Mis-Declared Cargo Causes 27 Percent of Incidents
The UK P&I Club has cited statistics that indicate that 27 percent of cargo-related incidents on ships can be attributed to cargo being mis-declared, second only to poor packaging.
All dangerous goods must be carried in accordance with the provisions of the International Maritime Dangerous Goods (IMDG) Code, which is a set of globally accepted rules that enables packaged dangerous goods to be carried safely by sea. “As around 10 percent of all container cargoes constitute dangerous goods, virtually all container ship services fall within the scope of the Code,” says Risk Assessor David Nichol.
“It is imperative for the safety of the ship and crew that all necessary steps are taken to handle and stow dangerous goods in such a way that reduces the risk of an emergency incident and that, in the event of fire, the crew have the information they need to respond quickly with the appropriate fire-fighting measures. To enable this, a ship’s master must be provided with a correct, universally recognized description of the goods and the potential hazards they may present.”
The following factors contribute, either individually or in combination to cause incidents:
• Mis-declaration or non-declaration by shippers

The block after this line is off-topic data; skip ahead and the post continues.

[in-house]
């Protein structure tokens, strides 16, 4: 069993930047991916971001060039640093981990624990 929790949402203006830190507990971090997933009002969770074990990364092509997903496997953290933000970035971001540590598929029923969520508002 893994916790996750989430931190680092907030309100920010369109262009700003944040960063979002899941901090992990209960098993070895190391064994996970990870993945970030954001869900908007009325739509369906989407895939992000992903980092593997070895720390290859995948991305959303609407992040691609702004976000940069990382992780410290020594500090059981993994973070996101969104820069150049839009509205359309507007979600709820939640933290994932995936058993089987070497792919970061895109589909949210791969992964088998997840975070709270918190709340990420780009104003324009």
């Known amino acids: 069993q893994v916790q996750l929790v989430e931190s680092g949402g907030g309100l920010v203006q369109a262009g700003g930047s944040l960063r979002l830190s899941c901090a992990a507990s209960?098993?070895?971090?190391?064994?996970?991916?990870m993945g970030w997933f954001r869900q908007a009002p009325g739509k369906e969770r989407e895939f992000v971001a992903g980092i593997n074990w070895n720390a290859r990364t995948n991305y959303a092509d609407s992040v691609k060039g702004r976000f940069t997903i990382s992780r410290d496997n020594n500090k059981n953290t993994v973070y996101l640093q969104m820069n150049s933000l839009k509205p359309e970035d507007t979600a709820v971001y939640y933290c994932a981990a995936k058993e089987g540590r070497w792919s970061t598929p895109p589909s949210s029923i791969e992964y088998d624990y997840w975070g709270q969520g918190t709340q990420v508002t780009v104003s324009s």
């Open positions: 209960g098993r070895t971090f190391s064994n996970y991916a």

• Quality and selection of packaging
• Provision and accuracy of documentation and labelling
• Professionalism of the container packing process
• Human factors – regional, cultural and company attitudes to good practice and compliance
• Unchecked irregularities in the product production process
• Mis-handling or dropping containers
Taking one current issue, calcium hypochlorite is an oxidizing agent and is designated a Class 5.1 oxidizer in the IMDG Code. However, it is unstable and undergoes exothermic decomposition at elevated temperatures which can result in serious fires and explosions. There have been instances where calcium hypochlorite has been mis-declared as calcium chloride and other names encountered have included BK Powder, bleaching powder, CCH, disinfectant, Hy-chlor, chloride of lime or chlorinated lime.
“It is a requirement of the IMDG Code that cargoes are declared by their ‘Proper Shipping Name’ to combat issues of mis-declaration. Calcium hypochlorite is a Proper Shipping Name and as such should only be carried under that name with the appropriate UN number,” says Nichol.
“The International Group of P&I Clubs and the shipping line members of the Cargo Incident Notification System (CINS) have recently produced a new set of guidelines for the carriage of calcium hypochlorite in containers. It is hoped that these new guidelines will be seen as providing a clearer and more logical step-by- step guidance from issues surrounding cargo hazards, categorization under the IMDG Code, container selection, container packing and stowage on board ship.”
Between 1997 and 1999, there were six major incidents on container ships involving calcium hypochlorite in various forms, including the Contship France, Maersk Mombasa, Sea Express, DG Harmony, Aconcagua and CMA Djakarta.
In 2012, the container ship MSC Flaminia suffered an explosion in a cargo hold, and a similar fire occurred in 2006 on the Hyundai Fortune.
Maersk Line recently announced a ban on carrying calcium hypochlorite as a containerized cargo. In July 2010, on Charlotte Maersk a calcium hypochlorite shipment caught fire en route from Malaysia to Oman. The crew of 25 received a special IMO Bravery Award for their eminent and brave extinction of the fast developing fire with flames of a height of up to 15 meters.